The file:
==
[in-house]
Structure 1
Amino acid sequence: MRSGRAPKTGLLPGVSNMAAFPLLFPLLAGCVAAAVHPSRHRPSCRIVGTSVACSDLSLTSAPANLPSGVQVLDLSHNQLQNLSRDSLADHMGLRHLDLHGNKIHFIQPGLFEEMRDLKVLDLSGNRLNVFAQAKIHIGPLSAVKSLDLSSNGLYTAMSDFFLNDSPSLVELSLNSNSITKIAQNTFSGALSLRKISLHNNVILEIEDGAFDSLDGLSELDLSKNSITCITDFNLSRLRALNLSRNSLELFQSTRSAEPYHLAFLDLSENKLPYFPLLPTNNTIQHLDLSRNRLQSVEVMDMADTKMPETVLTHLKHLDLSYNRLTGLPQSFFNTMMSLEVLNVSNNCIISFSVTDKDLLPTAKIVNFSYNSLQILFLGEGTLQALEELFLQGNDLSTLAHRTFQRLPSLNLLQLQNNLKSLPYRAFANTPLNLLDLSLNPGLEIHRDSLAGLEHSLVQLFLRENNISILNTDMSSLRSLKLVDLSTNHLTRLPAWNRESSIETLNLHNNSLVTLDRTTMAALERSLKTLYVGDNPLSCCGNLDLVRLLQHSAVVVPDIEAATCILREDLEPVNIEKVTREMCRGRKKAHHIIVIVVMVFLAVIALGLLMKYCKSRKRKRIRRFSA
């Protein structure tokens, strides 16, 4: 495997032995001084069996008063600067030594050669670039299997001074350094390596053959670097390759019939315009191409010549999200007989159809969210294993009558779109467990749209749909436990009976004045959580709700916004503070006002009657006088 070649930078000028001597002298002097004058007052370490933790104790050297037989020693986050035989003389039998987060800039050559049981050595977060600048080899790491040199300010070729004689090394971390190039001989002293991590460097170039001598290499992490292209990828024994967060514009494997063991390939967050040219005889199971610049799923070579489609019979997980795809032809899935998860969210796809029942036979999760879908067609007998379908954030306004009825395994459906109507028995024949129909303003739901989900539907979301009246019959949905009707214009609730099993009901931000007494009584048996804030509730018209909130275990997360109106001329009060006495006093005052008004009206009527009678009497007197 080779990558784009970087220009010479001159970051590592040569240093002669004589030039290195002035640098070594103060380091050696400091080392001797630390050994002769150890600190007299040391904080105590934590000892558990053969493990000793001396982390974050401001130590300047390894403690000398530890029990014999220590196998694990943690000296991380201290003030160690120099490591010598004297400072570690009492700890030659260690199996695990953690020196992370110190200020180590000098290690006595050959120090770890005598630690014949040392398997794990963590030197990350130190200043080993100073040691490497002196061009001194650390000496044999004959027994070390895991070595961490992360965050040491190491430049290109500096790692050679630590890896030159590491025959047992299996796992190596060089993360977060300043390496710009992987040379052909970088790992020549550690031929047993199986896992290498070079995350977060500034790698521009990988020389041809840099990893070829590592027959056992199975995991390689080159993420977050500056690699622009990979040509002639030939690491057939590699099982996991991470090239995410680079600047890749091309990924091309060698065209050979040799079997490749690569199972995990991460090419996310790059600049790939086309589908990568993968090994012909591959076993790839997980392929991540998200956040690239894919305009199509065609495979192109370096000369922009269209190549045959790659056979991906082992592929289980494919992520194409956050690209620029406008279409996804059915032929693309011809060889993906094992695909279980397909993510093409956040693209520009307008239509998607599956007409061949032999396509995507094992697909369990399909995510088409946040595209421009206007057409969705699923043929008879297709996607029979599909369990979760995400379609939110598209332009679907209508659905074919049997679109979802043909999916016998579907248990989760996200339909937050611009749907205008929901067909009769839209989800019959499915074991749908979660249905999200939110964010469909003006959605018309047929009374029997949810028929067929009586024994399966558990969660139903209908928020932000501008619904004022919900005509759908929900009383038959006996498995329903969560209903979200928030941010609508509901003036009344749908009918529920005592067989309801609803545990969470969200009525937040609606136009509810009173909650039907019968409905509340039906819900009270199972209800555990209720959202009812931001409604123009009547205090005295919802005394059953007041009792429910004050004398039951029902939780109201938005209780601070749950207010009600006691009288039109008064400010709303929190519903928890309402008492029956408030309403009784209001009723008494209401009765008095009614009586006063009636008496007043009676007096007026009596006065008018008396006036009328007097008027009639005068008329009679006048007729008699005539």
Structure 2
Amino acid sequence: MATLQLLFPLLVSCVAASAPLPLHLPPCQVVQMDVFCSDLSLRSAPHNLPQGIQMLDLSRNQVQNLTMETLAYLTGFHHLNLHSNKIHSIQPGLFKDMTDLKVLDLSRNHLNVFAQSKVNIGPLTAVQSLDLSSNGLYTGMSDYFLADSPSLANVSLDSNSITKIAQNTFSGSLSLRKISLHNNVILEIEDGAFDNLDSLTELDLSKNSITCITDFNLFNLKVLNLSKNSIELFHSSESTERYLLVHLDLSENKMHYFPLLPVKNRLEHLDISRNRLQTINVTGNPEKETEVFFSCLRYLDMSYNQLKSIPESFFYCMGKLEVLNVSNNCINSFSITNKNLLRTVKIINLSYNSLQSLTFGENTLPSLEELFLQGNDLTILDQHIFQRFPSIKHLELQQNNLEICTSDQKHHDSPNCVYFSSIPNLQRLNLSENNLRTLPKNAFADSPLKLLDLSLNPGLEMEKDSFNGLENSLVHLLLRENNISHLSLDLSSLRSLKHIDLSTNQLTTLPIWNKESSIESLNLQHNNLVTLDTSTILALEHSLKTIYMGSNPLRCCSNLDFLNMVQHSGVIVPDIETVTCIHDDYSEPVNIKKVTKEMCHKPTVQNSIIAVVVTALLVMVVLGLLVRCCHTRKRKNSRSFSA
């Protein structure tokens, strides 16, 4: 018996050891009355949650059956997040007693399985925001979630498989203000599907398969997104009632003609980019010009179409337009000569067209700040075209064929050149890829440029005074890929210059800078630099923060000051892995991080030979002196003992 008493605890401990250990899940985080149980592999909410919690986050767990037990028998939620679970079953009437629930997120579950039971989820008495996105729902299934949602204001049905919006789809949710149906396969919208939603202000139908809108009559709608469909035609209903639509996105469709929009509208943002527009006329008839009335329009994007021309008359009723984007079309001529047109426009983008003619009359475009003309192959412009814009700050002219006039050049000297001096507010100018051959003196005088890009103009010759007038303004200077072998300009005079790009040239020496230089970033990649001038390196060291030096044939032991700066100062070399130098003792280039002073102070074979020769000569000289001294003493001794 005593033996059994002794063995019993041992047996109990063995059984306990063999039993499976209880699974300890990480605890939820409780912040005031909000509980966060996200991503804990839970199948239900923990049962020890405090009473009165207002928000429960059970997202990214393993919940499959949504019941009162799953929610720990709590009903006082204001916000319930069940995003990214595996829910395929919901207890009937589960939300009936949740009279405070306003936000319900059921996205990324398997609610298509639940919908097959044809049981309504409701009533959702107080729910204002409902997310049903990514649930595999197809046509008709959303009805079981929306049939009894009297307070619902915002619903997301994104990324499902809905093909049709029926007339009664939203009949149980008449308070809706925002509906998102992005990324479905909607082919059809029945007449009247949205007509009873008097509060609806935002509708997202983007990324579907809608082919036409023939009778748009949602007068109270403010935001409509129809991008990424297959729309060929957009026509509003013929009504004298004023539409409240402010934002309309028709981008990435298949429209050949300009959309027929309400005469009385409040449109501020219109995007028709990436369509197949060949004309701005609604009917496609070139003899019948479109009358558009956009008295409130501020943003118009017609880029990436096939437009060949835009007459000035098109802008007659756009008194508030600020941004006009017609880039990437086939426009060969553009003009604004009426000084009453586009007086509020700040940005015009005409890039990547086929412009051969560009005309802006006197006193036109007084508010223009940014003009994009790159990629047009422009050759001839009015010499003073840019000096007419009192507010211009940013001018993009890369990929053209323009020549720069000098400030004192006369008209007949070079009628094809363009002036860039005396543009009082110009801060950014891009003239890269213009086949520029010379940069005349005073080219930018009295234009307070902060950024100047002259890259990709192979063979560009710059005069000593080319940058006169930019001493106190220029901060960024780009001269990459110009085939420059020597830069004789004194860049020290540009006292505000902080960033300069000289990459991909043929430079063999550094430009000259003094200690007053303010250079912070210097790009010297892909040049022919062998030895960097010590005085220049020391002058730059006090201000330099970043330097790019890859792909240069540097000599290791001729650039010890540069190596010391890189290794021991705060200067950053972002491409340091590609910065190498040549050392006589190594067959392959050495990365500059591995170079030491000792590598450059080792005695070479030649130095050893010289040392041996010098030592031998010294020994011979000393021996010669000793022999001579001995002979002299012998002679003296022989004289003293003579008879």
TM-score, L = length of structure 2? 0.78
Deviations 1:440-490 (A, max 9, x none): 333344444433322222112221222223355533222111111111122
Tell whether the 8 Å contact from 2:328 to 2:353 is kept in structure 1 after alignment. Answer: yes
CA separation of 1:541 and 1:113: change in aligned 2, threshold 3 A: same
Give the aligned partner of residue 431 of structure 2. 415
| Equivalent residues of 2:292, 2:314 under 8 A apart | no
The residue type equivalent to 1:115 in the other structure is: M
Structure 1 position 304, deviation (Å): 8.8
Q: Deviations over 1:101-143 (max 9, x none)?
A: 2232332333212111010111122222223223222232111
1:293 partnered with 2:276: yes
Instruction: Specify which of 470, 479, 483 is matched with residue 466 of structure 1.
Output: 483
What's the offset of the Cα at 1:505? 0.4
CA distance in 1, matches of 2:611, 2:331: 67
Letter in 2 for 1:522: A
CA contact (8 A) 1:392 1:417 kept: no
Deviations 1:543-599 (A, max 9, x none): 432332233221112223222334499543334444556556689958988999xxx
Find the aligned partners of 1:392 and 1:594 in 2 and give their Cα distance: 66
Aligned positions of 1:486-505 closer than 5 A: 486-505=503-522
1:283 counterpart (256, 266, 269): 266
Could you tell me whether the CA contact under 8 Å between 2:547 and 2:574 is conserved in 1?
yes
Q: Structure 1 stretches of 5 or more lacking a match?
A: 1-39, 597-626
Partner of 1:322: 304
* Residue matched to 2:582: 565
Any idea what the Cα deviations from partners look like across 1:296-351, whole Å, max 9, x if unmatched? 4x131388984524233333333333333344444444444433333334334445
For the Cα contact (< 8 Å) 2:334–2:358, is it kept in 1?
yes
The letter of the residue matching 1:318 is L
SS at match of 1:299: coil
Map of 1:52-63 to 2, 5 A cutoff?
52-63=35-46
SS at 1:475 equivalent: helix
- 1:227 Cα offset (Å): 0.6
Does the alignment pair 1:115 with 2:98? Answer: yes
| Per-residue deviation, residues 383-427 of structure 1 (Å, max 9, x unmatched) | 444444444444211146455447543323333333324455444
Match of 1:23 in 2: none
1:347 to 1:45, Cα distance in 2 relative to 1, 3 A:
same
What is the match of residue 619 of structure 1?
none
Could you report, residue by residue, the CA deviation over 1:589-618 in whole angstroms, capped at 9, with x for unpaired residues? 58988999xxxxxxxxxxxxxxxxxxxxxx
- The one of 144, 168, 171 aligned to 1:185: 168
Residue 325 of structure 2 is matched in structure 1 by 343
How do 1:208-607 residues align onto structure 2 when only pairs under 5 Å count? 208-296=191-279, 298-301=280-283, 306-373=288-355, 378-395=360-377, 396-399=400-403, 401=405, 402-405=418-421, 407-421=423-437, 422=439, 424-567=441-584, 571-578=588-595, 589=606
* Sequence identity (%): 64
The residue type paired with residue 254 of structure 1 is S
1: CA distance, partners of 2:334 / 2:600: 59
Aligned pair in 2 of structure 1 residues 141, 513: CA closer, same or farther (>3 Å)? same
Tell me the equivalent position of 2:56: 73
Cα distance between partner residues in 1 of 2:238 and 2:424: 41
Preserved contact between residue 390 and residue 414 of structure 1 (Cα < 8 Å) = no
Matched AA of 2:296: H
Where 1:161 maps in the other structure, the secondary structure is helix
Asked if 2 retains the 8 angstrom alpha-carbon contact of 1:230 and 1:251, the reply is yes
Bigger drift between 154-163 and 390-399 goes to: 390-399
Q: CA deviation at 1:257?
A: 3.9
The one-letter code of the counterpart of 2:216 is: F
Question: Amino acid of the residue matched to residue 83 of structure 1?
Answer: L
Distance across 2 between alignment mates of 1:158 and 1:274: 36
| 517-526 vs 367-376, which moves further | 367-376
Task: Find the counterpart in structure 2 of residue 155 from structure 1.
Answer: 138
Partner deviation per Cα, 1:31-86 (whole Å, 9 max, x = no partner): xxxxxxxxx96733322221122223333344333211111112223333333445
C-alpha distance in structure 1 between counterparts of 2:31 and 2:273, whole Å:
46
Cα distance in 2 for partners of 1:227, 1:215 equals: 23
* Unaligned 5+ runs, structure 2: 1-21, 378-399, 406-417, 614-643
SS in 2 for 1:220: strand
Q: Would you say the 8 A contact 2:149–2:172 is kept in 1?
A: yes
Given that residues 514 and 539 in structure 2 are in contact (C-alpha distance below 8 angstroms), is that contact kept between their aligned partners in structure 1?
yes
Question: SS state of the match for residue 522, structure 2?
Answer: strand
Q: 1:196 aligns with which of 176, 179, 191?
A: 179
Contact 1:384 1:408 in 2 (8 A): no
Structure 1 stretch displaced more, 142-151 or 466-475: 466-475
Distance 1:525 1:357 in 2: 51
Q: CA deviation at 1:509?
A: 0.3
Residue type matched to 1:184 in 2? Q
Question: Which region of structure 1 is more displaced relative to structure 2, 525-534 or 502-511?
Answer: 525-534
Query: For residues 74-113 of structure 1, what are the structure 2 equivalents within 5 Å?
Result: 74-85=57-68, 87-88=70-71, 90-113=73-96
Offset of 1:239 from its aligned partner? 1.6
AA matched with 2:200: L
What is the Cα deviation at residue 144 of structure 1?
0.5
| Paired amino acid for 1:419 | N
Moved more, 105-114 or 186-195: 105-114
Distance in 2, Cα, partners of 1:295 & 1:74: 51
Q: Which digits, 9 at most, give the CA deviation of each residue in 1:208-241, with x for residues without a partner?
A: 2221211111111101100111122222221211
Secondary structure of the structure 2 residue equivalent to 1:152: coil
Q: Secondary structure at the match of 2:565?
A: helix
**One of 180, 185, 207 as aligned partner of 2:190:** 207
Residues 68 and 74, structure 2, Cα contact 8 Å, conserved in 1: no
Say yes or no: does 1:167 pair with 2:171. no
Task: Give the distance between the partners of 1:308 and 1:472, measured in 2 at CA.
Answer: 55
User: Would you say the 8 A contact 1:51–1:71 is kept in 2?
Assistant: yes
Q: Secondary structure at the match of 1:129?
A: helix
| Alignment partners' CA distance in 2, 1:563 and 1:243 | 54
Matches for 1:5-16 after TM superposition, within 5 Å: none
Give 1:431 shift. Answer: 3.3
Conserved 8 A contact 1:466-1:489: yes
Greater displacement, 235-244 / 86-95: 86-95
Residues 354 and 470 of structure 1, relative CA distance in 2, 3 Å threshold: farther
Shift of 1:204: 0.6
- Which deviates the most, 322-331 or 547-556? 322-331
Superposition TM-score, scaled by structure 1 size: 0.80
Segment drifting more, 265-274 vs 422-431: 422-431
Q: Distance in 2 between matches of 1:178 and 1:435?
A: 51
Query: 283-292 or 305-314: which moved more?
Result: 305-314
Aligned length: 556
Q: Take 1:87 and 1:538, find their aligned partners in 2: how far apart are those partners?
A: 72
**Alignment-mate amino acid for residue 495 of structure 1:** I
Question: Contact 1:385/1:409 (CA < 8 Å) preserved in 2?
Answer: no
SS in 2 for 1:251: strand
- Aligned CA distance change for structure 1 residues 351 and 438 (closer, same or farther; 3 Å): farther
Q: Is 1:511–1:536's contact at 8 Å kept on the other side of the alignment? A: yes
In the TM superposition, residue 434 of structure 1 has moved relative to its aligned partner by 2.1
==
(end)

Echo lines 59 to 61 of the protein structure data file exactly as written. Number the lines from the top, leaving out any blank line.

Tell me the equivalent position of 2:56: 73
Cα distance between partner residues in 1 of 2:238 and 2:424: 41
Preserved contact between residue 390 and residue 414 of structure 1 (Cα < 8 Å) = no